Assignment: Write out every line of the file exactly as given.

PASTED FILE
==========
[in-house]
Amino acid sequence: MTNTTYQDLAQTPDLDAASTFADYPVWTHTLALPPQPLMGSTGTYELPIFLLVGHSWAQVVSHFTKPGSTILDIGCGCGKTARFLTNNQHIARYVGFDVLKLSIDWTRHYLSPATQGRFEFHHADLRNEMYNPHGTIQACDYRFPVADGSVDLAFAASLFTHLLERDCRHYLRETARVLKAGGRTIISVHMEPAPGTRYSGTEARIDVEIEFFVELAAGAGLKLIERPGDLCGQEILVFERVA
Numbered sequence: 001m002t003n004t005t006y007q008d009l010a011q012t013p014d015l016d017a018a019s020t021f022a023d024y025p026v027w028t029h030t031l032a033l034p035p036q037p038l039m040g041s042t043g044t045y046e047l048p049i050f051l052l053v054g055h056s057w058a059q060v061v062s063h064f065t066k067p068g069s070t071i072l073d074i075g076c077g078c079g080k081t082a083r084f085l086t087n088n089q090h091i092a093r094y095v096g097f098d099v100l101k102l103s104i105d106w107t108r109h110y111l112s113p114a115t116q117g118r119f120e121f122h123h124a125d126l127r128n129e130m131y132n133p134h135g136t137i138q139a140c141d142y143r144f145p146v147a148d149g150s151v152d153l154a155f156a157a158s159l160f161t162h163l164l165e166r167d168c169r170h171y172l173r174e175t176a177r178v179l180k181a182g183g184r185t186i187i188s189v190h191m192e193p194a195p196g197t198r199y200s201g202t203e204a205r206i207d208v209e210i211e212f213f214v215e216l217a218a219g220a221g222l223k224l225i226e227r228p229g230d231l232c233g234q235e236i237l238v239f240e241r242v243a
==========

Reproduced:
[in-house]
Amino acid sequence: MTNTTYQDLAQTPDLDAASTFADYPVWTHTLALPPQPLMGSTGTYELPIFLLVGHSWAQVVSHFTKPGSTILDIGCGCGKTARFLTNNQHIARYVGFDVLKLSIDWTRHYLSPATQGRFEFHHADLRNEMYNPHGTIQACDYRFPVADGSVDLAFAASLFTHLLERDCRHYLRETARVLKAGGRTIISVHMEPAPGTRYSGTEARIDVEIEFFVELAAGAGLKLIERPGDLCGQEILVFERVA
Numbered sequence: 001m002t003n004t005t006y007q008d009l010a011q012t013p014d015l016d017a018a019s020t021f022a023d024y025p026v027w028t029h030t031l032a033l034p035p036q037p038l039m040g041s042t043g044t045y046e047l048p049i050f051l052l053v054g055h056s057w058a059q060v061v062s063h064f065t066k067p068g069s070t071i072l073d074i075g076c077g078c079g080k081t082a083r084f085l086t087n088n089q090h091i092a093r094y095v096g097f098d099v100l101k102l103s104i105d106w107t108r109h110y111l112s113p114a115t116q117g118r119f120e121f122h123h124a125d126l127r128n129e130m131y132n133p134h135g136t137i138q139a140c141d142y143r144f145p146v147a148d149g150s151v152d153l154a155f156a157a158s159l160f161t162h163l164l165e166r167d168c169r170h171y172l173r174e175t176a177r178v179l180k181a182g183g184r185t186i187i188s189v190h191m192e193p194a195p196g197t198r199y200s201g202t203e204a205r206i207d208v209e210i211e212f213f214v215e216l217a218a219g220a221g222l223k224l225i226e227r228p229g230d231l232c233g234q235e236i237l238v239f240e241r242v243a